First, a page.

Sunday 21 October 2018


At first ‘Wellington’ is like a dream where you wake up floating in space: the cascading chimes, the reverberating plasma bass, modulated chords like the PS2 startup, the lances of synth soaring into an unseen distance. But there’s something super grounded about Lipticism’s track, owing to the earthbound first line and refrain: “That girl from Wellington, she says she never wants to see me again.”

The vocal, equally imploring and detached, spins a story with this stark statement: What girl? Why? What happened? Instant connection and intrigue.

And in its never-the-same-twice choruses, ‘Wellington’ is a swirl of glitter, sludgy sub kicks, hissing percussion, the voice of Lipticism herself rising in a nebulous stream; a shredded melodic line, lamenting coolly, overlaps into the next section - something this song does well, a constantly morphing dynamic.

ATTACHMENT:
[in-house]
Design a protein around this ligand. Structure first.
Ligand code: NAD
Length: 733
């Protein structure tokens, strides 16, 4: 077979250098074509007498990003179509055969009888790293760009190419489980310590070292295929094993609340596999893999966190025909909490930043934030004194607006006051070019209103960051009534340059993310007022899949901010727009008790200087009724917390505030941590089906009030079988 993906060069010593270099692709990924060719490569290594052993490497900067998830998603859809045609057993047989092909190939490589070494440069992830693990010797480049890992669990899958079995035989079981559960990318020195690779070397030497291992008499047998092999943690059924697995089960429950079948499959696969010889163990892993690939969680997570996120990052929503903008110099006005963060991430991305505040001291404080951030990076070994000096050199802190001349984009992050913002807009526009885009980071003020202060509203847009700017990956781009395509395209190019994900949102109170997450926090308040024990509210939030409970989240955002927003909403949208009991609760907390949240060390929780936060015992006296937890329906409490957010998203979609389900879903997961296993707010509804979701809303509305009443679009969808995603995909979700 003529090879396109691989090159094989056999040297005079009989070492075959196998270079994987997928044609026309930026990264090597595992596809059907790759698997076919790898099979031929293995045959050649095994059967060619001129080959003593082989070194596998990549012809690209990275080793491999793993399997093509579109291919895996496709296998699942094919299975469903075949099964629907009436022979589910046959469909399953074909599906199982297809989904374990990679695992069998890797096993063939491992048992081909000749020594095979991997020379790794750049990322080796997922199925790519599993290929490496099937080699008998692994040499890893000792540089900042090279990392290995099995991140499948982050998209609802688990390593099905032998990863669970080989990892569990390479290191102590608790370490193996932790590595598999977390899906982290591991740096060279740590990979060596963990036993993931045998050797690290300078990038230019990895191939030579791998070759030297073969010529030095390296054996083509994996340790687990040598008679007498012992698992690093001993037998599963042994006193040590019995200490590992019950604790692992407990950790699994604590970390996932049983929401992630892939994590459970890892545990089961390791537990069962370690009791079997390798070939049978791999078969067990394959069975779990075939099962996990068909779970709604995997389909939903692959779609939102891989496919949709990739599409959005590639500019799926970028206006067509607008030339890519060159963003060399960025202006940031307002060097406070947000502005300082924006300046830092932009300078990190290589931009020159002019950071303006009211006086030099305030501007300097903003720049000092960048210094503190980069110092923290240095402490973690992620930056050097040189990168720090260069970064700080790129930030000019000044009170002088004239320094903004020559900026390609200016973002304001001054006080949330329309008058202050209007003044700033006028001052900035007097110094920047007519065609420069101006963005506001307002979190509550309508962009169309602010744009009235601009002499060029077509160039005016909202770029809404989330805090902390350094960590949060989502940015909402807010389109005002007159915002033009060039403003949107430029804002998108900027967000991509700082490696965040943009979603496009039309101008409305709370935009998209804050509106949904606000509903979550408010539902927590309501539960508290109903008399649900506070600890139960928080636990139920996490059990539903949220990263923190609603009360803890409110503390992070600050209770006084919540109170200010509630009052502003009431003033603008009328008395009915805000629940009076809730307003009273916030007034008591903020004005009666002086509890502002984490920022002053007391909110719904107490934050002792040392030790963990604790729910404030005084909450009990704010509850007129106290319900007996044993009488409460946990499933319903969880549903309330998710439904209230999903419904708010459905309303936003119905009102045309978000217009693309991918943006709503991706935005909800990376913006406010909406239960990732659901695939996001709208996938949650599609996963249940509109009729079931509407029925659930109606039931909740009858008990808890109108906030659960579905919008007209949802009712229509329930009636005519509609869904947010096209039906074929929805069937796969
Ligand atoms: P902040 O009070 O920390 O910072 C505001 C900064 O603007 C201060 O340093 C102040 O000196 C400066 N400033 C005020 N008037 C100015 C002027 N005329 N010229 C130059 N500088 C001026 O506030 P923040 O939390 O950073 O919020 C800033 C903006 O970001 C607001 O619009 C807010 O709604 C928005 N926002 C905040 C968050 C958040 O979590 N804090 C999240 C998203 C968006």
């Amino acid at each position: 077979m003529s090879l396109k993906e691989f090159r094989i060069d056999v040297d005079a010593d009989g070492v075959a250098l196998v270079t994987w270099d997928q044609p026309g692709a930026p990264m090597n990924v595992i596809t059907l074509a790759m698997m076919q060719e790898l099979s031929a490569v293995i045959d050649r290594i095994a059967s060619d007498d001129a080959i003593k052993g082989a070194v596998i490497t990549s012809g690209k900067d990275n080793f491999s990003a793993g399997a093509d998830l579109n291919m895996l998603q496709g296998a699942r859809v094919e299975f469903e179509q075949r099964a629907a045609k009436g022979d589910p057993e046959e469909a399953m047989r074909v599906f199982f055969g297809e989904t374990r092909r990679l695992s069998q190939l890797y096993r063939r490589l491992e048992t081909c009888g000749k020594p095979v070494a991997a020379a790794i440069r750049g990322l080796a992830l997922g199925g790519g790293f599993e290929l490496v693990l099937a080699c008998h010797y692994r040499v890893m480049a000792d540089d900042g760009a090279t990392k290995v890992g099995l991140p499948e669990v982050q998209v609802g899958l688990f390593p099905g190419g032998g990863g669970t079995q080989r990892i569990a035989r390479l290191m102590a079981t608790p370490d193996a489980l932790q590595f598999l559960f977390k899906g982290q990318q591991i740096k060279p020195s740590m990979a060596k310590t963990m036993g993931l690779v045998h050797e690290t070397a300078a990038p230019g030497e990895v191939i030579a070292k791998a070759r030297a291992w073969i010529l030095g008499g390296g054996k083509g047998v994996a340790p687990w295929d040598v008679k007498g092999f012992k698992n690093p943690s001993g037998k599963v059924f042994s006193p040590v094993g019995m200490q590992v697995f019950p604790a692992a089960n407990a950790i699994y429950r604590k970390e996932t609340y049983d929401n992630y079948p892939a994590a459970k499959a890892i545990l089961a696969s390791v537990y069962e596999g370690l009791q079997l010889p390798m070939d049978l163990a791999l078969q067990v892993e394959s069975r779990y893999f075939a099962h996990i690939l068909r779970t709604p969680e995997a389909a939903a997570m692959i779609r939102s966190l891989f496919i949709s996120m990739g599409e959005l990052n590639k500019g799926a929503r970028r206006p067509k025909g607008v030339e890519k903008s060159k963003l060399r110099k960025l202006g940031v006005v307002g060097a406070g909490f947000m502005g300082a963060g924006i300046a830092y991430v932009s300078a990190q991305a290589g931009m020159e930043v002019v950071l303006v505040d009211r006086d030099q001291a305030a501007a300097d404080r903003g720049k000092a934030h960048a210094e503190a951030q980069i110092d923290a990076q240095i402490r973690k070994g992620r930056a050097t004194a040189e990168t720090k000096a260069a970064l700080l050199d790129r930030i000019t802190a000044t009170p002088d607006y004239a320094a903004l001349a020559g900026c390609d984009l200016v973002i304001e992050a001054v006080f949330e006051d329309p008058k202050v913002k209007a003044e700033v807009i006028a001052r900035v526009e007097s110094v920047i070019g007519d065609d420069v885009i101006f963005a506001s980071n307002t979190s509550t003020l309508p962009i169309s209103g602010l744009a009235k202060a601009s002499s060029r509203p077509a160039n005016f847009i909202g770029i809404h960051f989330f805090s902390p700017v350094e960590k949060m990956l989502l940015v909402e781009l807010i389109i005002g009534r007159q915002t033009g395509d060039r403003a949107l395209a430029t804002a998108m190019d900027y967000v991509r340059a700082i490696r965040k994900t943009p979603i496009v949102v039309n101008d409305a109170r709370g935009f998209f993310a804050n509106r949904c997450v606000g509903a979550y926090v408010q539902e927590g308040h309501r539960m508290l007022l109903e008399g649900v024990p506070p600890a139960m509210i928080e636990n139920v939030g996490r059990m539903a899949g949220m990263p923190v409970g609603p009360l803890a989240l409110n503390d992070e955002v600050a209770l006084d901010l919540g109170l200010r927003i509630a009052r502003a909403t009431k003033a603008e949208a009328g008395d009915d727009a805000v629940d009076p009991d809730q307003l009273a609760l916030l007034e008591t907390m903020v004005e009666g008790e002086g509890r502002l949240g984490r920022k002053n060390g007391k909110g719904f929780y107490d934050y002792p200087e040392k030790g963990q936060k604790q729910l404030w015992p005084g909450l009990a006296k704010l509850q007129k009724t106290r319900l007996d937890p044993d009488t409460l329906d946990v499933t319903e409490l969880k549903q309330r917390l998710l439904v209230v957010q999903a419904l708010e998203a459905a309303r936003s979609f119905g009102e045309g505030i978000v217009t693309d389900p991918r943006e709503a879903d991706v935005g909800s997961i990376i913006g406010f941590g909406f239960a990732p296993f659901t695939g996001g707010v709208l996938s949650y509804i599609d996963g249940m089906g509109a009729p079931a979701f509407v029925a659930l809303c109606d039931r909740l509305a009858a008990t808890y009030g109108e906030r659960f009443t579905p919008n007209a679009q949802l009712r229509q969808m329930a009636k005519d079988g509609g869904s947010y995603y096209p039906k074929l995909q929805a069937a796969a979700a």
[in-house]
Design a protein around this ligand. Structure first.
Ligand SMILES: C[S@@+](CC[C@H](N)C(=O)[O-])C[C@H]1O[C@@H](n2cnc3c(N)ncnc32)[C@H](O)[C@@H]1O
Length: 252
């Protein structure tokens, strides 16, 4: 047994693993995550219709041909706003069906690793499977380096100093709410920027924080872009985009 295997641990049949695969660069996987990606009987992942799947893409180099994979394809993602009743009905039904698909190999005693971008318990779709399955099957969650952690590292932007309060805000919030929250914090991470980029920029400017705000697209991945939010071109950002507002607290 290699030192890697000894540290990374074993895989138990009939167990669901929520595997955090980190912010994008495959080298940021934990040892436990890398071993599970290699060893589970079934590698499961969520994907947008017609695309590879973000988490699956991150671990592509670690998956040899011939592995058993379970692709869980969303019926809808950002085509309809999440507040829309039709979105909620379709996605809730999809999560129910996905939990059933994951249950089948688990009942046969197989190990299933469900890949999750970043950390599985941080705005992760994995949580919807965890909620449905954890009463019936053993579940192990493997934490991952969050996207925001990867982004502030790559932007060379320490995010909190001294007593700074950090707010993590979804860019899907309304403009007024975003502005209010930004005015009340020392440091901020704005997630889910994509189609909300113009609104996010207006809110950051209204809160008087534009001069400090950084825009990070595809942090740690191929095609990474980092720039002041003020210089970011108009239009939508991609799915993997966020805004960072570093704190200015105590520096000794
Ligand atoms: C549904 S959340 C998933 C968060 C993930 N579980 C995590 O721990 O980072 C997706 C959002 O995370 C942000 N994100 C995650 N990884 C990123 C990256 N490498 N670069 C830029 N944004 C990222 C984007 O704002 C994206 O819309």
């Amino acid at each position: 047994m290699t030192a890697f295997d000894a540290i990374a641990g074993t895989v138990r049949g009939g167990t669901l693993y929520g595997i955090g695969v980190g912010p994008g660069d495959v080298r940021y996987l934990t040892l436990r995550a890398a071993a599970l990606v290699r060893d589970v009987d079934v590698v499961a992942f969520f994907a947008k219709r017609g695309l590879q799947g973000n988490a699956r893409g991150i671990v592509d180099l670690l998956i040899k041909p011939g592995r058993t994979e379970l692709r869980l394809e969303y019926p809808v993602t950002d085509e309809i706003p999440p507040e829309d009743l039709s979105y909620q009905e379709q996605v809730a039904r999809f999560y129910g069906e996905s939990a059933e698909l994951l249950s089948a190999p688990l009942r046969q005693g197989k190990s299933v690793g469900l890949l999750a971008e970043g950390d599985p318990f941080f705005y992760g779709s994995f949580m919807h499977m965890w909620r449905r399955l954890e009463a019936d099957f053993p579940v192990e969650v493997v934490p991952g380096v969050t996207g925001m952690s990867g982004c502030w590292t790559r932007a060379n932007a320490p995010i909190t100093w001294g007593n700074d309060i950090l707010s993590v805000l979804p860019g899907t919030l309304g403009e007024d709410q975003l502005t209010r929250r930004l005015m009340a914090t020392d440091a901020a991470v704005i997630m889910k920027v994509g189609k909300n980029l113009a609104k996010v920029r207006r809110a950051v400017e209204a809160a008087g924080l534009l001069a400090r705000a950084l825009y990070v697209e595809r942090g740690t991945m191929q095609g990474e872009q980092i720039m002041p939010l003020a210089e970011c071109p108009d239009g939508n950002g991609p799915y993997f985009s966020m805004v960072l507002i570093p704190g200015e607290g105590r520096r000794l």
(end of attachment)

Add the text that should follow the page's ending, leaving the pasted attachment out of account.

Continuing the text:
More lyrics half heard in this jostling milky way of sound present the realness, the semisadness and frustration in simple terms: “That’s how it used to be…” and “I can’t read your mind” standing out beacon-like. And always it is cosmic, it is star-flung, sparklingly offbeat, visions of a void—the actual self, alone but catapulted above earthly troubles.

Lipticism Internet Presence ☟

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